So here we are four days into the film festival, and I haven't been able to see a single VIFF film that wasn't a Vimeo screener. Been either working on a piece of writing I promised, or else keeping Mom company, or prepping for class, or commuting, or working, or running errands of one sort or another. Haven't even hung out with my girl in a few days - feels like a very long time, actually. It's been an exhausting month, and I have very little I can make time to say here. I barely slept last night and am soon to collapse into bed.
I can't tell you more than that, really. If you don't need to see a movie shot in 1950 where the protagonist bludgeons a priest to death with a crucifix, and retains our sympathies, you probably aren't the sort of film viewer I'm writing for anyhow. And by the way, my reveal here is not really a spoiler, since you'll see it coming; there's a framing device where the film is being told as a story with a moral from one priest to another, so we know that Granger is going to kill someone, and the moment his hands brush the cross on the priest's desk, while they're arguing, you'll go "aha." But there's a lot more going on than that, including an ending that supposedly (overtly) restores moral order to the film's deeply troubled universe, while covertly smirking at how pat and unconvincing it is, and acknowledging that the real message of the film is considerably more sour than what's been put up for show. (Kind of what I always thought the last line of Bergman's Through a Glass Darkly was doing - "Papa spoke to me!" - but in this case there really does seem to be a cynical smirk behind the image. Yeah sure, there is something in Granger's character that speaks to the good in the world: but what about the other sonsabitches around him?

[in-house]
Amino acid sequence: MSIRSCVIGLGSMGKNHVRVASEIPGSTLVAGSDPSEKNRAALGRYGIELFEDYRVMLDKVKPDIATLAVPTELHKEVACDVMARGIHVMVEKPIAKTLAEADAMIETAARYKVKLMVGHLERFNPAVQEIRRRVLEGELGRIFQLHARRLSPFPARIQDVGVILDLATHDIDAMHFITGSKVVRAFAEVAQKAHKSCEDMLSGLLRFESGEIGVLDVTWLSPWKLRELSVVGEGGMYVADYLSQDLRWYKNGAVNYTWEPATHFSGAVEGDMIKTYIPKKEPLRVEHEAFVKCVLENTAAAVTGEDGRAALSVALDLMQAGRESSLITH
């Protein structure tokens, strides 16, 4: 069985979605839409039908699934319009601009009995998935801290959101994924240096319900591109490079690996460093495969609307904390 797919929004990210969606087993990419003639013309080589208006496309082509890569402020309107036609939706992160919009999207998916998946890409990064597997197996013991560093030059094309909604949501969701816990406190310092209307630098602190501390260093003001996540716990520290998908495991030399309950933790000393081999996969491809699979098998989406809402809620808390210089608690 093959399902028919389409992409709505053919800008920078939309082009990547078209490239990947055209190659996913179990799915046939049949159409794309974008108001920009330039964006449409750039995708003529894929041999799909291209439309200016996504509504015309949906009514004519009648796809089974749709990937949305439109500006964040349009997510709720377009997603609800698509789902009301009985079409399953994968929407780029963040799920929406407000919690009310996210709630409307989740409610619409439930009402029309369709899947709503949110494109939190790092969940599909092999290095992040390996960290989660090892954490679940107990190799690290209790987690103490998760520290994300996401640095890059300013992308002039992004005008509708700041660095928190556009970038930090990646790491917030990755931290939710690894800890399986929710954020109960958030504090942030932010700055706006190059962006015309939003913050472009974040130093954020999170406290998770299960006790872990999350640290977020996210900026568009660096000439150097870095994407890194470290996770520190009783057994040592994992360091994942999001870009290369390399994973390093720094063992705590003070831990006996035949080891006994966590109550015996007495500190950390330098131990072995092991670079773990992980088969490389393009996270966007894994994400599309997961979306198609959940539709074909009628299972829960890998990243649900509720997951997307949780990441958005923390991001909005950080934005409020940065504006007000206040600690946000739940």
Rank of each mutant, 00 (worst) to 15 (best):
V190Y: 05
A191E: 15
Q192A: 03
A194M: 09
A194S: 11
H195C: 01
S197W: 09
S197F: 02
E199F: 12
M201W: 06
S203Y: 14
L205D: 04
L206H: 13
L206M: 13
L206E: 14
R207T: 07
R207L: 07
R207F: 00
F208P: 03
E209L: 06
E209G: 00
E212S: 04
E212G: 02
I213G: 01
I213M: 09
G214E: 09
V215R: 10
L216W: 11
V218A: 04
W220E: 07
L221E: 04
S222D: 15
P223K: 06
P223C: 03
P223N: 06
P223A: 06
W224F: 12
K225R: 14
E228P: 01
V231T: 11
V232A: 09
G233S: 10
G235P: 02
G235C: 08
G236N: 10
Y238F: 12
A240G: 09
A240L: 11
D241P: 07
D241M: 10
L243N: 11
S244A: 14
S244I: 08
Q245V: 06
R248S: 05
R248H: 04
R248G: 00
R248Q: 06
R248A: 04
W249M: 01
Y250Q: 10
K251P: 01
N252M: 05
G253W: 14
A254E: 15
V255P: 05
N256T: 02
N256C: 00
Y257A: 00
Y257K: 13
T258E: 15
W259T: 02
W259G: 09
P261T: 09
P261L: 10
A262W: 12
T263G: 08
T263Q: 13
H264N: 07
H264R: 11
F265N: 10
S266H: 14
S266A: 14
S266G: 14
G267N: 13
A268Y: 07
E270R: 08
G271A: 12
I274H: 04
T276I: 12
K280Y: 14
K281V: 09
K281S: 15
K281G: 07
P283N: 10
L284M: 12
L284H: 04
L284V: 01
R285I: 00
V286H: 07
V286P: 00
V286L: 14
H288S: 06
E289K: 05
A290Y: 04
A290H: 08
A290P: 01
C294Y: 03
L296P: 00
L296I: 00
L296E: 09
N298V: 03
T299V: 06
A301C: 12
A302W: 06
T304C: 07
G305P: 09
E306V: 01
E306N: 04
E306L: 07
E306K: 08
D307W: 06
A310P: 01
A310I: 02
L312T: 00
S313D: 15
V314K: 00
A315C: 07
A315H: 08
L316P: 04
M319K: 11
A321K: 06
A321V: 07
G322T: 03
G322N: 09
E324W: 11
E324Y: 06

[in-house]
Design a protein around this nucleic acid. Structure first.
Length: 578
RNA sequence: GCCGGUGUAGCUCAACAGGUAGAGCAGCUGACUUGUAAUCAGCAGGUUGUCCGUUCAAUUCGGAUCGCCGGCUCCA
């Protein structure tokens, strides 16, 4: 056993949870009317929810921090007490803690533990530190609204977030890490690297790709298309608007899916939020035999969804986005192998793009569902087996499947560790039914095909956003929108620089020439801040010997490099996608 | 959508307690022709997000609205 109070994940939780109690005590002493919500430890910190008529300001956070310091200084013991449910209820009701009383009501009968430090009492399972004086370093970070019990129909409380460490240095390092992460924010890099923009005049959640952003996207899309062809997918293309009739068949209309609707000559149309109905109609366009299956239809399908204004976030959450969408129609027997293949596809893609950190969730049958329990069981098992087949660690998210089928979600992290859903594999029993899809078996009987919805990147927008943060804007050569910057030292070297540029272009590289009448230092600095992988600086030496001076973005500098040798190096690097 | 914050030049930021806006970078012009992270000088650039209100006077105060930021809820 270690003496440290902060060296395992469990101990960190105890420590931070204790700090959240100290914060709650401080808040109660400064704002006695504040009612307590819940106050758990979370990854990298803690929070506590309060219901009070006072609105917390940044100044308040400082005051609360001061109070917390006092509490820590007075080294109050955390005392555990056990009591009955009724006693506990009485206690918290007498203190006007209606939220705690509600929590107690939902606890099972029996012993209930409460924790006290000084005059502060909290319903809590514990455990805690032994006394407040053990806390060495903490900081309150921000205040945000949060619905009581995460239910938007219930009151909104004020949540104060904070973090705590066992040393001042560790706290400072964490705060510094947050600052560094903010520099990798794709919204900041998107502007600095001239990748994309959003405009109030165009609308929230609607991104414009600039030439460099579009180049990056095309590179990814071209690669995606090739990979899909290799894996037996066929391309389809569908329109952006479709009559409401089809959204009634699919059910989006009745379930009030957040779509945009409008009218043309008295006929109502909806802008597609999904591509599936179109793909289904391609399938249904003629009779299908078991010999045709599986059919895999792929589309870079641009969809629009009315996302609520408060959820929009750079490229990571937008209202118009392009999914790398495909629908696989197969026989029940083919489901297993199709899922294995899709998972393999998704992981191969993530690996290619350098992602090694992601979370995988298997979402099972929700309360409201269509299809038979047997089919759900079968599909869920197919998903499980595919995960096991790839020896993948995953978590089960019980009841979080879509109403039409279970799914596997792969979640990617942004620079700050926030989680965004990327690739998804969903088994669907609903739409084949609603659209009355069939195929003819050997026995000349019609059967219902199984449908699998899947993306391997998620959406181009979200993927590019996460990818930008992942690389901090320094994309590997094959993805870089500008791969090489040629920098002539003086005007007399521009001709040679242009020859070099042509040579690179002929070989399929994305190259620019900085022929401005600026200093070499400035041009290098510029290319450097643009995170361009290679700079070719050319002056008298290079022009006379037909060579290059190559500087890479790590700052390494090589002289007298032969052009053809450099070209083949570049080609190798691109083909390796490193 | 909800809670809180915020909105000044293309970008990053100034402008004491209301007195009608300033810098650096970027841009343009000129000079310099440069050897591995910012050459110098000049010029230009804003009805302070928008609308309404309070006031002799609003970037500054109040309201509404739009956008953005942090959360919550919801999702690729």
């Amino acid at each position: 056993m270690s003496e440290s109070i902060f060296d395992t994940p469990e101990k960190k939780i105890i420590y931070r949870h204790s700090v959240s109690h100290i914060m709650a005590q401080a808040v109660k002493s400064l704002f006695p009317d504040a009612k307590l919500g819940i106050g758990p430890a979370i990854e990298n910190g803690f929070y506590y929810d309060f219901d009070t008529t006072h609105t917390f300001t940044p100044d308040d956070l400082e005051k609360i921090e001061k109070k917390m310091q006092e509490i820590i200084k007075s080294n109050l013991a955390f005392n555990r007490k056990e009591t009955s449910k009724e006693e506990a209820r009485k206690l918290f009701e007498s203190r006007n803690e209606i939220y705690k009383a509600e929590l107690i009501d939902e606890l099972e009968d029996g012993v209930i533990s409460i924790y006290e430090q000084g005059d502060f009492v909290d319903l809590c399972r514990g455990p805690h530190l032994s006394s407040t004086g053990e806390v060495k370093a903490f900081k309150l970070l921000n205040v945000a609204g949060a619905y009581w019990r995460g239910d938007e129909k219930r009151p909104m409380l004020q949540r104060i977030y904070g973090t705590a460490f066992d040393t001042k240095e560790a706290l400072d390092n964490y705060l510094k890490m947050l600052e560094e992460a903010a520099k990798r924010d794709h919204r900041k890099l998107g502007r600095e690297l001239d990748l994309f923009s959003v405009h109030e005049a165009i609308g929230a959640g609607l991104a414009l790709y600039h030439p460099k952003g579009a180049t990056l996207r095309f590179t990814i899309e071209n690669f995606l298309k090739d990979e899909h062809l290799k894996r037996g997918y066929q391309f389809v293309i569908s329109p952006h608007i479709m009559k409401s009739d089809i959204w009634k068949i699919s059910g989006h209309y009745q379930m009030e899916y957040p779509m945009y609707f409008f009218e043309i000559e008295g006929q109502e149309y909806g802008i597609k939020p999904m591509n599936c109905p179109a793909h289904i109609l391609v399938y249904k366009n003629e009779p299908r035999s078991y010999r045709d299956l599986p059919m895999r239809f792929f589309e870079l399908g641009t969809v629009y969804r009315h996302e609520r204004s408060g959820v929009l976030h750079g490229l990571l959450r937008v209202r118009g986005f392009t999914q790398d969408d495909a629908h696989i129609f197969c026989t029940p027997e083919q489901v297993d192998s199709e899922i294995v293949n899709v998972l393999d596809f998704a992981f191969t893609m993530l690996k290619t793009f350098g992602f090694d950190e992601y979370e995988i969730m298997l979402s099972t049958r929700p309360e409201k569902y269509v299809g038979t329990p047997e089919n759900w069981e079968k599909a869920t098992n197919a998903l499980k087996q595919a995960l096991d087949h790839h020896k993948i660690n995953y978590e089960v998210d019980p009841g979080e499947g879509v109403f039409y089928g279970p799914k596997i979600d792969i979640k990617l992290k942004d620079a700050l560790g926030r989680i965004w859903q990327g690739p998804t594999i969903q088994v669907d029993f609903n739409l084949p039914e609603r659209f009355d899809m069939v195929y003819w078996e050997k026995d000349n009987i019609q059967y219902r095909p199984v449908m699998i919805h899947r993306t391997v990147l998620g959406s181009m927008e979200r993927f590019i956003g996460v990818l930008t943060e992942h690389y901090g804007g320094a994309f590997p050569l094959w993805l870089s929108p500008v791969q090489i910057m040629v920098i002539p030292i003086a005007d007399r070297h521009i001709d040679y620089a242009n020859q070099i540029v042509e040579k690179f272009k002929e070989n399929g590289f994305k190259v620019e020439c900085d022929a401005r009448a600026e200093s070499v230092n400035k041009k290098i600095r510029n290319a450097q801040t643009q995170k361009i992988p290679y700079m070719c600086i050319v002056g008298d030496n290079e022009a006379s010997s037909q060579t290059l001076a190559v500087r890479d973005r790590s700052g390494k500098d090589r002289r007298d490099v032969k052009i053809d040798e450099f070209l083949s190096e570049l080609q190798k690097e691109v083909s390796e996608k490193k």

Edge of Doom is definitely a must-see.